Academic Culture and Peer Review

Academic Culture and Peer Review

After some recent experiences with peer review and conversations with colleagues who have had similar experiences, I’ve been reflecting on respect within academic culture. Scholarship is fundamentally dependent upon the critically important peer review process. However, I’ve recently seen several instances of disrespectful and unconstructive review that seems to reflect a focus on ego rather than on improving scholarship and expanding knowledge.

To be clear, I am in no way arguing that critical or negative reviews are problematic by definition. I was even hesitant to write this post because I was concerned that it would be viewed as a complaint about receiving a negative review. I fully recognize that critical reviews are essential and that standards for scholarship need to be high to advance our disciplines. However, I see a clear divide between sarcastic, disrespectful reviews and productive, constructive reviews. I have seen these differences both in reviews of my own work and reviews written and received by colleagues. There is a difference between a critical and constructive review that respects the humanity of the author of the piece and reviews that are snarky and egotistical. The fact is that any piece of scholarship submitted for peer review is the product of hours of work (probably more) by the author. It is entirely possible to critique work and recommend against publishing it while maintaining this basic respect. In my view, there is in fact no benefit to sarcastic or rude comments except to feed the ego of an insecure reviewer.

After some recent conversations about this issue, I considered that academic programs should include training on how to write productive peer reviews. However, after more reflection I believe that this problem can’t be separated from a toxic academic culture that focuses on accolades and professional progress at any cost. This leads to a “zero-sum” concern for reputation. I believe that a reviewer who is willing to aggressively tear down a paper as opposed to being straightforward and respectful with critiques suffers from a deeper problem than a lack of knowledge about how to write a review. My own hesitancy to openly acknowledge that I’d even received critical reviews as opposed to portraying a (nonexistent) perfect record is another symptom of this same culture. I expect that this problem, and problems around mental health in academia, will continue absent a fundamental, cultural shift.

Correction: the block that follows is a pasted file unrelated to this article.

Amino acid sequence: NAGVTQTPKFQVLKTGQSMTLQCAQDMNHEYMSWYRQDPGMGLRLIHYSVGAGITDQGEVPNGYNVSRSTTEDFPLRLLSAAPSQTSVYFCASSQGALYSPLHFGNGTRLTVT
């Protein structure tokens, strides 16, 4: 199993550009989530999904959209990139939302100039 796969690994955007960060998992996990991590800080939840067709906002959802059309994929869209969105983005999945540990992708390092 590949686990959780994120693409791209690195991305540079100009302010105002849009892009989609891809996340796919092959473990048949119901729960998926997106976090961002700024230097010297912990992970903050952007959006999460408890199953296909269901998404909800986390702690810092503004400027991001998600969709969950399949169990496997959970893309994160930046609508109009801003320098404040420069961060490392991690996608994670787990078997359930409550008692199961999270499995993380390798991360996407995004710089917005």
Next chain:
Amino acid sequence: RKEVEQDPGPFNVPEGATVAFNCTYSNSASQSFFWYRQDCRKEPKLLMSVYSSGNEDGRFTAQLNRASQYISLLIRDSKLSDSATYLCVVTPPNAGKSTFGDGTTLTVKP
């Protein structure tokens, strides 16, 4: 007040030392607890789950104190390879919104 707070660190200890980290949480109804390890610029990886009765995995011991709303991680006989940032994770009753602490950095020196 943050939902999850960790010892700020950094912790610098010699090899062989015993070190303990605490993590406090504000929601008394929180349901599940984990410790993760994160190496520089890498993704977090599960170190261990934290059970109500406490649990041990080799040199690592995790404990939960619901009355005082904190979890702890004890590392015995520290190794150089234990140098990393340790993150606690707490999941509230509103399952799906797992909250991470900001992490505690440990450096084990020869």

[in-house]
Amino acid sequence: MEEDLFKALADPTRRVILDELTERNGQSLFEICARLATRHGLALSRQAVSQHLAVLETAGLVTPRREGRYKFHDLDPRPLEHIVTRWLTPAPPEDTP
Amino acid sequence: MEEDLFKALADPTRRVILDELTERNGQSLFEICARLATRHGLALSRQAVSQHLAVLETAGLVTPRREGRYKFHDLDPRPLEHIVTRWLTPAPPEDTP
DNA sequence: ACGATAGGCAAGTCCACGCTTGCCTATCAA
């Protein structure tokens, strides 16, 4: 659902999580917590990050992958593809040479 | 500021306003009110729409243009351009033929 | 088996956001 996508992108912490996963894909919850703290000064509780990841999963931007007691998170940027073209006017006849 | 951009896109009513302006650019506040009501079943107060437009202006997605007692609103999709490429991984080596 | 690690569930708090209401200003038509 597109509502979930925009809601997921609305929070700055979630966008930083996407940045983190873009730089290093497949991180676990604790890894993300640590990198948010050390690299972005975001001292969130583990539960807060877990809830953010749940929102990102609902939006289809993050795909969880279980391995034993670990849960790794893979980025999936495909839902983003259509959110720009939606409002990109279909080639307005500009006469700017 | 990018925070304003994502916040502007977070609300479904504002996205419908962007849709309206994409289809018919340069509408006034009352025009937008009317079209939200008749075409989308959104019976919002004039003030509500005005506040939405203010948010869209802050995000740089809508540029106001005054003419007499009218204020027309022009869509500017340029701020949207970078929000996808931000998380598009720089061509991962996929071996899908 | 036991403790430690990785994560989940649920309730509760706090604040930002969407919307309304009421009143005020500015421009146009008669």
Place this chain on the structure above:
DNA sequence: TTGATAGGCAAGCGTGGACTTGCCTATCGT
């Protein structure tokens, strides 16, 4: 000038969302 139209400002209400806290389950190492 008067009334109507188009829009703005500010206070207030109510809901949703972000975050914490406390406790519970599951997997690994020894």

People enter doctoral programs and the academy attempting to use their skills to contribute to collective knowledge and solve problems. Instead, they are confronted with a broken system that focuses on kudos and citations. Until academics recognize that the worth of an individual is not measured by their research and don’t feel the need to mock others to preserve their own egos, the academy will lose talented scholars who choose to spend their careers in a more healthful and productive environment.

I am grateful for the scholars who have taken the time to review my work. These thoughtful critiques have made my research stronger, which should be the goal of the peer review process. With more frequent conversations about challenges and weaknesses within the academy, I look forward to moving toward an improved academic culture that improves both scholarship and the lives of researchers.

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